What is espionage and why do governments, companies, and people spend major resources on it?

Perhaps this question was best answered by the hero of the Napoleonic Wars, Arthur Wellesley, the Duke of Wellington, who was “guessing what was at the other side of the hill.” 

The goal of espionage, intelligence, or spying, is usually to find information, especially regarding knowledge (what do you know that we don’t) or intentions (what do you plan to do, and why?).

Intelligence is about understanding an adversary, whether military, business or personal. Governments gather intelligence to become informed about what other countries are planning to do, whether to improve their own negotiating position, or to anticipate what repercussions intended or unintended actions might create. In the private sector, companies seek information about their competitors and their products. Stealing technology is often cheaper and faster than paying for independent research. Investors also perform “due diligence” investigations on companies that want to borrow their money.

In countries like Canada, most intelligence comes from open source intelligence: sources like newspapers, television, or the internet. In fact, most intelligence in the western world derives from publicly available sources.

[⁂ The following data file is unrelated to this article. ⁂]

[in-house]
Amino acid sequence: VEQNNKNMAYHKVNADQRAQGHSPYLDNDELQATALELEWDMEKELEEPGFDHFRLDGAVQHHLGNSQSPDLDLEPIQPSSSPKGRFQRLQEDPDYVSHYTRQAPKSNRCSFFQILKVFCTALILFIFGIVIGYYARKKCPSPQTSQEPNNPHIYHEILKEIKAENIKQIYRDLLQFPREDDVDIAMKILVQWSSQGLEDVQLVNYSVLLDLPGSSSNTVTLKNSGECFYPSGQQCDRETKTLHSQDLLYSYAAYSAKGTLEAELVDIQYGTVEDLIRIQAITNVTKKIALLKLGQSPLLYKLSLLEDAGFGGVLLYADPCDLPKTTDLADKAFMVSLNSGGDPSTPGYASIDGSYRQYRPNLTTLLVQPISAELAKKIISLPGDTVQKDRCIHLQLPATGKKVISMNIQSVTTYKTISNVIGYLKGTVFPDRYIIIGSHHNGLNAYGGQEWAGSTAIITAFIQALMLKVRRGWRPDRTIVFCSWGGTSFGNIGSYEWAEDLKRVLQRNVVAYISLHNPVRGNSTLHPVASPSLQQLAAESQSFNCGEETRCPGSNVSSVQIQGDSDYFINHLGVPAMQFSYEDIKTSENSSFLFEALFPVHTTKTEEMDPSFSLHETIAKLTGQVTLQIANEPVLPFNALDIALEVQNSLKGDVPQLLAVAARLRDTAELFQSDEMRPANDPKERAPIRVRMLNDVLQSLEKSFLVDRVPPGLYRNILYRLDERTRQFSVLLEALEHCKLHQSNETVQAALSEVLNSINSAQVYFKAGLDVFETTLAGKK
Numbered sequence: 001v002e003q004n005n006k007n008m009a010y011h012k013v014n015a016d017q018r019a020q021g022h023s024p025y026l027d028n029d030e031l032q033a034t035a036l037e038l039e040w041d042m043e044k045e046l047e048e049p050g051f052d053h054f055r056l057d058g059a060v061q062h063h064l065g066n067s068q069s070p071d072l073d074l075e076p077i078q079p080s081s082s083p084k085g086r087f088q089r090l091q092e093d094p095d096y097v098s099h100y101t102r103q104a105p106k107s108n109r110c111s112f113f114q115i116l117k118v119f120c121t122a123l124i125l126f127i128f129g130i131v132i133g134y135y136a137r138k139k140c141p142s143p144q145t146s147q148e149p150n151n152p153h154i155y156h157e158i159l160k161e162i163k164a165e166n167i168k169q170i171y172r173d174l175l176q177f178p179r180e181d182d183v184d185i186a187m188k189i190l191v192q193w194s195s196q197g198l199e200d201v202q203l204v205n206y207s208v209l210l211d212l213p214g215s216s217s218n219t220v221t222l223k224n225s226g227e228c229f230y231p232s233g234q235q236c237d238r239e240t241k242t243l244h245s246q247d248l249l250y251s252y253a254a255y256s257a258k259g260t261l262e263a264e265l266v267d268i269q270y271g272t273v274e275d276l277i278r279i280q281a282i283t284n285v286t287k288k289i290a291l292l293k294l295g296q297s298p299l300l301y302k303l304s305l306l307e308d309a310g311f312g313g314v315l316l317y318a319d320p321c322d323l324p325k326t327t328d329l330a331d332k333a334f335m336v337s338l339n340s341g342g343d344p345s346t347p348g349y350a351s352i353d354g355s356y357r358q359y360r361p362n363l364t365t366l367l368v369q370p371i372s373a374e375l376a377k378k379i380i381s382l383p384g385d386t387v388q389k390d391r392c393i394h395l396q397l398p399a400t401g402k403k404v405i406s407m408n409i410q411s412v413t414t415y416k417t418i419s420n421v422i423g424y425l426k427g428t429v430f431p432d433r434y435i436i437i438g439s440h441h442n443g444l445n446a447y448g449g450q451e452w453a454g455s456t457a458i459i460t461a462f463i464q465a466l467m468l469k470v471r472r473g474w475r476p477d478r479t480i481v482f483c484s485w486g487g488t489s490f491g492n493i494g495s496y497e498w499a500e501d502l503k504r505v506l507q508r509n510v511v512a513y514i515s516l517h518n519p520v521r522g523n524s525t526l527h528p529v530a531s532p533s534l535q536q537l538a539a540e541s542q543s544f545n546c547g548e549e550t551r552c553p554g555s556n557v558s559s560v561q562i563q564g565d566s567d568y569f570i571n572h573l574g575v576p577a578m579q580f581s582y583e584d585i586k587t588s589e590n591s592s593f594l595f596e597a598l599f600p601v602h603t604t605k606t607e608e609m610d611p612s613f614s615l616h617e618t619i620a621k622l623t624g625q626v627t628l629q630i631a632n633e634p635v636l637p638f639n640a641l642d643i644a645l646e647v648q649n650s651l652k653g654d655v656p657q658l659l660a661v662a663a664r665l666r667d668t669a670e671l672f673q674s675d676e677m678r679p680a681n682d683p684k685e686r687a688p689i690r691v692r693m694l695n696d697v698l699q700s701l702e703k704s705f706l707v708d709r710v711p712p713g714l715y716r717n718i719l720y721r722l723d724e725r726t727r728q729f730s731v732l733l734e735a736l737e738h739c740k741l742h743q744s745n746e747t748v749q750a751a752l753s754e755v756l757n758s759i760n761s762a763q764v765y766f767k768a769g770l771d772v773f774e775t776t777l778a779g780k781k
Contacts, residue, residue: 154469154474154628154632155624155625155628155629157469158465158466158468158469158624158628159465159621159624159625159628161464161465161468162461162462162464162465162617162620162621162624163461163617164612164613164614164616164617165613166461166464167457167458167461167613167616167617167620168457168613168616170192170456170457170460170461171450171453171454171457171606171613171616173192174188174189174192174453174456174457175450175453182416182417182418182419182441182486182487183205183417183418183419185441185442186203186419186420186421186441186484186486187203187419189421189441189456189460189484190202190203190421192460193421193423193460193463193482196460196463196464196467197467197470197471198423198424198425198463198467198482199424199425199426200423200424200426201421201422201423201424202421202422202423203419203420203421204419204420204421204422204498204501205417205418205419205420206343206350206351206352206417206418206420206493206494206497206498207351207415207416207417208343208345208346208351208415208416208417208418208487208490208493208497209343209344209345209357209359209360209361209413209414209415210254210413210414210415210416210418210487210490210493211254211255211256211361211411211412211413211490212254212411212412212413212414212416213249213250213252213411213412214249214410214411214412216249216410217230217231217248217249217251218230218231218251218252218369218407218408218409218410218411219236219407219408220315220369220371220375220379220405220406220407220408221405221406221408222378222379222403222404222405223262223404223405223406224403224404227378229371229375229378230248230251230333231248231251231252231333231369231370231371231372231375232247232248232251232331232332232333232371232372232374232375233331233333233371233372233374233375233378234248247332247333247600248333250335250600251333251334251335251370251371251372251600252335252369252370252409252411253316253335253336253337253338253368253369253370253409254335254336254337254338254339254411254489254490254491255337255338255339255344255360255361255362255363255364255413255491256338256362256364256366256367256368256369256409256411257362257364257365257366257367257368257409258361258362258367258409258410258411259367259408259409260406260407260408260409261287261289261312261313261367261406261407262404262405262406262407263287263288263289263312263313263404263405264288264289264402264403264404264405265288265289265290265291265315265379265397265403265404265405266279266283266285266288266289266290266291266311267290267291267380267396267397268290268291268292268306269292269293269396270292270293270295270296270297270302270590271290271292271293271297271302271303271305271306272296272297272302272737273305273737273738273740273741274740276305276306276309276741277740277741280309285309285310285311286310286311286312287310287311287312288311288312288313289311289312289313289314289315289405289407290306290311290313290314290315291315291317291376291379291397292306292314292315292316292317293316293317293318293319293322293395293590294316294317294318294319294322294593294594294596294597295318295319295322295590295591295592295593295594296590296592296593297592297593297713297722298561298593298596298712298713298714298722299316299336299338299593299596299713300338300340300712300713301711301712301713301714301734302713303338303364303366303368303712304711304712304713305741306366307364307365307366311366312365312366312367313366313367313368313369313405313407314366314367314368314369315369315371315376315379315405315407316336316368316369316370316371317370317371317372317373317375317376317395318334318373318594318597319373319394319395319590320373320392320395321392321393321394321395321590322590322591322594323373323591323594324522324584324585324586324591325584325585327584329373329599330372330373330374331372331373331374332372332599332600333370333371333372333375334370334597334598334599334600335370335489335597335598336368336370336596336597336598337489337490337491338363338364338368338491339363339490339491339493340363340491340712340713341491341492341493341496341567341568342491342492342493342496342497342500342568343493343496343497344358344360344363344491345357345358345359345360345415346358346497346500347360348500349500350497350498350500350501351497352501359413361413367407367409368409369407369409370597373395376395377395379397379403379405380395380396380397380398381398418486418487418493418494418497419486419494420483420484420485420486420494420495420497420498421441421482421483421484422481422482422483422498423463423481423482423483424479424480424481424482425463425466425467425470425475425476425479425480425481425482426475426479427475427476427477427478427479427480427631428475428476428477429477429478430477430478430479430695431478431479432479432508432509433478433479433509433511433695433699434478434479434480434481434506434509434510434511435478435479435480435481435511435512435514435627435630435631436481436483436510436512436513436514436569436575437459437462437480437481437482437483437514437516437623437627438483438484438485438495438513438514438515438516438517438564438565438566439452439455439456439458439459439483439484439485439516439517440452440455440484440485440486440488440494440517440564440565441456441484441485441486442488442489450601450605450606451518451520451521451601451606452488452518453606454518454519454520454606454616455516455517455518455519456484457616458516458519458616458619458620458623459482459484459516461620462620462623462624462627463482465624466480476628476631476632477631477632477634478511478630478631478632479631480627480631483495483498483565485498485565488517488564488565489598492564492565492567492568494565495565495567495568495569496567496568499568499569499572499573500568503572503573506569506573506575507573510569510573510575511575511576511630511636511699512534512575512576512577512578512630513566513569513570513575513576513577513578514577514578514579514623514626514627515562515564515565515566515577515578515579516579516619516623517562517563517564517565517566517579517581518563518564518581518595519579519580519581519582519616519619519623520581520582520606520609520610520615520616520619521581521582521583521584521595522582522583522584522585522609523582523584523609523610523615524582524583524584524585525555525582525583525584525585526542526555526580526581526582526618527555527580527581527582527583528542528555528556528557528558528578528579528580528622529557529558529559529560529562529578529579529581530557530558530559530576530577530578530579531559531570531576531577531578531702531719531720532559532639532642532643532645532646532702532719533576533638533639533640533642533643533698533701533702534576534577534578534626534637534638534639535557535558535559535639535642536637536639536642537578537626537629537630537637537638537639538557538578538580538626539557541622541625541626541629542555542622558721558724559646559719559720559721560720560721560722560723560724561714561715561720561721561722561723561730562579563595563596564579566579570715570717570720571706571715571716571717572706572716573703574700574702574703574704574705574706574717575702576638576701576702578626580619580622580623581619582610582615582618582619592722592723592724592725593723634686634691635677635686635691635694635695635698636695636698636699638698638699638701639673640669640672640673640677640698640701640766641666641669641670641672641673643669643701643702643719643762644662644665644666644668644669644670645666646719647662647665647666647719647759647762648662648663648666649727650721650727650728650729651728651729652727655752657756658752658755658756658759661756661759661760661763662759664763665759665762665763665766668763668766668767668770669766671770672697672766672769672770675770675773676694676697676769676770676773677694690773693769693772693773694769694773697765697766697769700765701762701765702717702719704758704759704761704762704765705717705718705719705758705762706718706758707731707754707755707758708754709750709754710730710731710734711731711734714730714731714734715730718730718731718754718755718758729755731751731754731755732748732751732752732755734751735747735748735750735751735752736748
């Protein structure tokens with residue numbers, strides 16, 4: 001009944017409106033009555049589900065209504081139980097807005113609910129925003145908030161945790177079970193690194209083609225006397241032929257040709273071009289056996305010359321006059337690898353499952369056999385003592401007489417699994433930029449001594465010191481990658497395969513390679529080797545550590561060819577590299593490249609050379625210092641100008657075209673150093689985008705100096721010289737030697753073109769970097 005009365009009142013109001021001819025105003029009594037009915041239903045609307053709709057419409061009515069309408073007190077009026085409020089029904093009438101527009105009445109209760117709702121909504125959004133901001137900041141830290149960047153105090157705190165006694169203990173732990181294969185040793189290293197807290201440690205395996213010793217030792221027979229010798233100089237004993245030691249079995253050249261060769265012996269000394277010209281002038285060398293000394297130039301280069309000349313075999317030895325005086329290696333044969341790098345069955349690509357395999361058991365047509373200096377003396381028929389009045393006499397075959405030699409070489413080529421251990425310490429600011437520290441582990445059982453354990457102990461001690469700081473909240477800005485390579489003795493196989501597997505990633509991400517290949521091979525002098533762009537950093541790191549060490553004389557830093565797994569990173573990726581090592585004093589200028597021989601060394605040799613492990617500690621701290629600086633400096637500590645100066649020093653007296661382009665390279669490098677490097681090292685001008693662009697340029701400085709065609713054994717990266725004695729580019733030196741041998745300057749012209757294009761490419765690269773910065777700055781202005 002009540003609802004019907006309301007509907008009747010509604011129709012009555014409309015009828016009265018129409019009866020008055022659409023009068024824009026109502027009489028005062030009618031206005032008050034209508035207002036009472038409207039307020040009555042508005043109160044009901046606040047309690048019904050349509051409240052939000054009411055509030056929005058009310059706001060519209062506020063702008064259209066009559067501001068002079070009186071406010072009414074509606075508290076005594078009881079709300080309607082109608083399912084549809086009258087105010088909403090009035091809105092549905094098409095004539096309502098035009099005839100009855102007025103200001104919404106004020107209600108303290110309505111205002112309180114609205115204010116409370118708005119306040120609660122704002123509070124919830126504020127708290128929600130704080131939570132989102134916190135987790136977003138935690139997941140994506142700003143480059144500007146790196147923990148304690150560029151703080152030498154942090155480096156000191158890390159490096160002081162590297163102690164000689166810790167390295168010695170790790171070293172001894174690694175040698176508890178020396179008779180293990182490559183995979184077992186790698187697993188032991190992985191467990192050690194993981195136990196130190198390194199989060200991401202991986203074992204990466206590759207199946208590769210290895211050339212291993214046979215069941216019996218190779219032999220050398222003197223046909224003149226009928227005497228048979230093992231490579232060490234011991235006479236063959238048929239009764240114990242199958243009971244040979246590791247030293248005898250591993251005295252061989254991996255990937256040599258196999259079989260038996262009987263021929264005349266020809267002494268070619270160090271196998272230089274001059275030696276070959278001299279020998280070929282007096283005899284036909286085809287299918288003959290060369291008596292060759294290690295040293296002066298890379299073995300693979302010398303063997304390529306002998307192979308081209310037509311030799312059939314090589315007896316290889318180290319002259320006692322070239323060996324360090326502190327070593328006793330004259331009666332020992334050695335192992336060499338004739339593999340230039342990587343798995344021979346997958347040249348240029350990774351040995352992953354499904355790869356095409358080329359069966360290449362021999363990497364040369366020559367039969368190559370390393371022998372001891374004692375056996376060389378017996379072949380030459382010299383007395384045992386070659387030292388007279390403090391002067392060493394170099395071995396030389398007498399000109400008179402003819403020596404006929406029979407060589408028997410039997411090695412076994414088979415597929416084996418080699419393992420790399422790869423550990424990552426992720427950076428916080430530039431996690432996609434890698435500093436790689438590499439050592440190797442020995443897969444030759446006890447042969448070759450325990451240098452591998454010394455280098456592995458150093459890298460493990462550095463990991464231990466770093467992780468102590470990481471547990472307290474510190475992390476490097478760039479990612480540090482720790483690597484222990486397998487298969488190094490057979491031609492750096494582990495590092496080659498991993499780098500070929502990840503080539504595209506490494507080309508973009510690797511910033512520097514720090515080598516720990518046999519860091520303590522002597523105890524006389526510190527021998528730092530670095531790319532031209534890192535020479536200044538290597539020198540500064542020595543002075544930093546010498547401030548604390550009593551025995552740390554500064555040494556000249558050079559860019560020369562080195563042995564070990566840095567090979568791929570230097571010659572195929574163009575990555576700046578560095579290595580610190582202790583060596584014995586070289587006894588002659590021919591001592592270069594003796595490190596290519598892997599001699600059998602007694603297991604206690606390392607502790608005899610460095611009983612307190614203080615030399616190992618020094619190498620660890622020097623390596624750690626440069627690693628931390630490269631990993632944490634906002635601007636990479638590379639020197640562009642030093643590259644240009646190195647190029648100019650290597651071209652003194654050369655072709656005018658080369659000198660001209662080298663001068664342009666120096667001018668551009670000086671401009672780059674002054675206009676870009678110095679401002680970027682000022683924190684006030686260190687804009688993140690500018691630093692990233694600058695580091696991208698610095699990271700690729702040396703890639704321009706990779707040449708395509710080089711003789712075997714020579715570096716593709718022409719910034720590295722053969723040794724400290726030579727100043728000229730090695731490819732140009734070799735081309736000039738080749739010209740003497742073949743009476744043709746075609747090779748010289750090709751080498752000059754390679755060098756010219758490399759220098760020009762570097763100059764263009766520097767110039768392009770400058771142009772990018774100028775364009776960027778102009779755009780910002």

However, sometimes “what was at the other side of the hill,” or in an enemy’s filing cabinet, or tactics being transmitted to soldiers, all represent secret, highly sensitive information. For this, the goal of espionage – agencies, tools and tactics— is to learn what others try to keep secret.

Since some information is always restricted, adversaries develop plans, operations, and techniques to identify what information they can. Furthermore, those holding that information, aware that adversaries want to steal it, will conceal it and try to deceive others, in order to protect their data. In other words, every action has a reaction, which often leads to further security measures

Espionage has played a continuing role in Canada's early development, long before Canada established formal intelligence agencies, or became a full member of international intelligence sharing partnerships. Canada's present existence results to a considerable extent from the use of espionage.

Consider these examples: James Wolfe used deceptive tactics at the Plains of Abraham in 1759; Isaac Brock had advance knowledge of American intentions at Detroit in 1812; Sir John A. Macdonald ordered pre-Confederation investigations into the United States to uncover possible Fenian invasion plans; and Canada played a role in allied code-breaking during World War II. From our start to our present, Canada's very existence has repeatedly depended on “guessing what was at the other side of the hill.”